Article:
Thanks to all of you who attended the recent webinar with Dr. David Babson, Program Director, Advanced Research Projects Agency – Energy (ARPA-E). The title of his talk was “Changing what’s possible for a sustainable future,” which included a topic that is top of mind for many involved in the fuels arena — reaching net negative fuels and incentivizing carbon optimization. Following are a few highlights from the discussion.
“We need to think about establishing negative emissions pathways immediately and to grow them quite rapidly. In fact, we need to achieve about 10 gigatons of negative emissions by 2050. And by 2100, global negative emissions will need to be on the order of 20 gigatons per year. And to give you a sense of just how big 20 gigatons is, if you were to add up all of the material flows in U.S. trucking, all the packages that are transported by trucks and the Amazon boxes and those sorts of things that are delivered, that would only be about 9.8 gigatons. To get to 20, you would need to add on top of that all the material flows through US pipelines, oil and natural gas, and those sorts of material flows, as well as global cement and global iron ore. These combined would be 20 gigatons [shown in a screenshot from the presentation below].
This is to highlight the fact that one of the largest industries on the face of the earth by 2100 is going to be carbon removal and management. And therefore, from the Department of Energy standpoint, we are very interested in ensuring that the technologies that service this future are very large, perhaps the largest industry on the face of the earth, are serviced with technologies that are both low cost and energy efficient.
We’re looking at a number of different types of technologies, including biological solutions, whereby you would leverage the natural cycling of environmental systems to remove and store and manage carbon. We are looking at engineered solutions like direct air capture, direct ocean capture, unique types of utilization, conversion chemistries that would store carbon in our built environment, or technologies like enhanced weathering and mineralization that could be engineered solutions.
We’re also looking at hybrid solutions that are capable of, again, leveraging that natural, biological carbon cycle through the accumulation of biomass, but whereby you would couple that Ag sequestration and biomass to a downstream conversion or capture process that would allow you to store carbon without it getting back into the atmosphere. This can include things like bioenergy with carbon capture or storage or building materials or biochar.”
“We are creating the opportunity space to not only provide lower carbon fuels and chemicals and products and materials for the economy is important, but also providing standalone negative emissions technologies are going to be critical for achieving both robust markets that are efficiently incentivizing sustainability, and also in achieving ambitious climate targets for the lowest cost per unit carbon.
Now, with respect to this new carbon economy, this bioeconomy, ARPA-E is seeking to transform the value chain. And we recognize that the best way to ensure that we can produce and synthesize fuels and chemicals and products that are not just lower carbon, but carbon negative, is that we need to take a supply chain approach and actually implement new technologies up and down the bioeconomy supply chain. And we have done that.” [Following below is a summary of key ARPA-E programs discussed by Dr. Babson in the presentation.]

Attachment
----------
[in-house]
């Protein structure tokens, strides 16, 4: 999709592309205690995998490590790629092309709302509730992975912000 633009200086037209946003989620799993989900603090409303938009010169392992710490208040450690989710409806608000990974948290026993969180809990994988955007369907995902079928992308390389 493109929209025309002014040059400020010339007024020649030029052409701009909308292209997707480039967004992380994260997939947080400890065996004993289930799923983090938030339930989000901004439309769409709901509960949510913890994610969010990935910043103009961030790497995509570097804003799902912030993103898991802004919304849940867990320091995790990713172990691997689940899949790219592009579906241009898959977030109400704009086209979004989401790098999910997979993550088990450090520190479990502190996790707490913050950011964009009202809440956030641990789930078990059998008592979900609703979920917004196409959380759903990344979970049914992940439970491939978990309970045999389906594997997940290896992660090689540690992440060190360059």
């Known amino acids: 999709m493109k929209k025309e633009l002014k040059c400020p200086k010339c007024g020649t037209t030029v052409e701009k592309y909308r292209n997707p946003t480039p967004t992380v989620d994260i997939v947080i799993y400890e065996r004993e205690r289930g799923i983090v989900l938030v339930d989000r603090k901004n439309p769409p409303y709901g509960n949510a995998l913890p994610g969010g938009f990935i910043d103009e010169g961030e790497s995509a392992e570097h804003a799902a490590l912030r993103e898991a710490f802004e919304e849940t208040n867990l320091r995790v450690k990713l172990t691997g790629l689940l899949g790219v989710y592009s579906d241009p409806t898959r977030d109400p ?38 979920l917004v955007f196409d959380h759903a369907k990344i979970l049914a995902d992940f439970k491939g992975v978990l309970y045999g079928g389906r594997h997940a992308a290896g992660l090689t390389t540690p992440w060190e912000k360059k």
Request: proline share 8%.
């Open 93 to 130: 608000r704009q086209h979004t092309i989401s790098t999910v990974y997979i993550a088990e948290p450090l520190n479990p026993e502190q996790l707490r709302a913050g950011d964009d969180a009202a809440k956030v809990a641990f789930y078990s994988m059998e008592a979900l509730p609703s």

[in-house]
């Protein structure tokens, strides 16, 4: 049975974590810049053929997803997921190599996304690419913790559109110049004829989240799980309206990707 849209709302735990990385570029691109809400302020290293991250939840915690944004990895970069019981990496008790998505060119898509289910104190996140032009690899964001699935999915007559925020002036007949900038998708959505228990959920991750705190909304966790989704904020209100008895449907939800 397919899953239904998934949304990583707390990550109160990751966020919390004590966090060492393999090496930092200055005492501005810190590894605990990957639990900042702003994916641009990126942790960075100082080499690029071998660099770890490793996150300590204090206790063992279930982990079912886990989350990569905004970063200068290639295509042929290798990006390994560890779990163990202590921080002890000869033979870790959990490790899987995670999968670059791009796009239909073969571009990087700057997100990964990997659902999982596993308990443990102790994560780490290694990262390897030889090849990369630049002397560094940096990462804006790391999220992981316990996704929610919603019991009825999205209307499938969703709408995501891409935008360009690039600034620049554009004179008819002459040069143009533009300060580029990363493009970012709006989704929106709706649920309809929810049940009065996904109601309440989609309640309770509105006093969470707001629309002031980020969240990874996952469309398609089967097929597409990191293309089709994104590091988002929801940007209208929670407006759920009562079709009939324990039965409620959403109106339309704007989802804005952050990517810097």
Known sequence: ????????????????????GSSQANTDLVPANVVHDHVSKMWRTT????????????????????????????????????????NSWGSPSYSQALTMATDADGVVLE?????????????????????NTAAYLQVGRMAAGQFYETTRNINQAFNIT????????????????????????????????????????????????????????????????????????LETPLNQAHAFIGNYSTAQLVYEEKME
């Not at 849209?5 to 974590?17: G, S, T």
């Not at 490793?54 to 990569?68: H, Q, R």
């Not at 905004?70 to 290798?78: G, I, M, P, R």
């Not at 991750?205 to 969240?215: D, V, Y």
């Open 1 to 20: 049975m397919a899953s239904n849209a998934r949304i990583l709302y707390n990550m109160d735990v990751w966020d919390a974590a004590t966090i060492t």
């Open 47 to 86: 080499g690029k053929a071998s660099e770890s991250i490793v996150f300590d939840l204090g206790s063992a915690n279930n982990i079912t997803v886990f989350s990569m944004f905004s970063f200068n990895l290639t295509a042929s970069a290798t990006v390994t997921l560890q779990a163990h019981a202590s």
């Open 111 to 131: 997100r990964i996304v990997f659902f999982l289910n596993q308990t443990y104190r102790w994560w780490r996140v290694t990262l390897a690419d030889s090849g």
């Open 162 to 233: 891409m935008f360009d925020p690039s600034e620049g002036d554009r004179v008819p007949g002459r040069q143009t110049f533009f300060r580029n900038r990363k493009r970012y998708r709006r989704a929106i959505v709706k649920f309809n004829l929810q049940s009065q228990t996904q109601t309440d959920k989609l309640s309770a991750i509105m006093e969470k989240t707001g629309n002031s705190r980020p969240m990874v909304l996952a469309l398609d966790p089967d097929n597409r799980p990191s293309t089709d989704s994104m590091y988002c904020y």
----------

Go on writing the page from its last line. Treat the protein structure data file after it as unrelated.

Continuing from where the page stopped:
“Another area that I’m looking at is what the future of refining looks like. How do we design systems that can accommodate more heterogeneous and dynamic feedstocks, while simultaneously producing necessary products and accommodating external reducing equivalents, or even generating power and providing CCS. And the vision for this is that we really need to rethink biorefining.
One of the natural types of conversion processes that we’re looking at as a means to identify engineered approaches is anaerobic digestion. Anaerobic digestion is a thermodynamically driven, naturally occurring process that converts complex polymers and polysaccharides, lipids, and proteins into very homogeneous methane and CO2 biogas outputs.
Now, the specific conversion processes that occur and the multiple microbial reactions that occur are really unique and provide an opportunity to be exploited in unique bio refining ways that are more controllable and will allow for the synthesis of more diverse products, while accommodating more heterogeneous and dynamic feedstocks. And so we don’t need to think of anaerobic digestion as we have in the past, as being something that we allow to occur passively and only related to waste or wastewater, what have you.
But we could actually begin thinking about how we can combine farm feedstocks and waste residues and those sorts of things in a truly circular economy to reimagine the refining industry. So imagine transitioning from even optimized anaerobic digesters to a biorefinery that is built on anaerobic, thermodynamically-driven processes, but provides way more services and products than just biogas.
It could include things like grid stability or renewable natural gas, fuels, chemicals, nutrients, and even carbon capture and storage. And so there’s a lot of research that is needed here. This is an area that I’m trying to workshop for new programs. And our investments in this space could include anything from reactor design to carboxylic acid separation, those sorts of things.”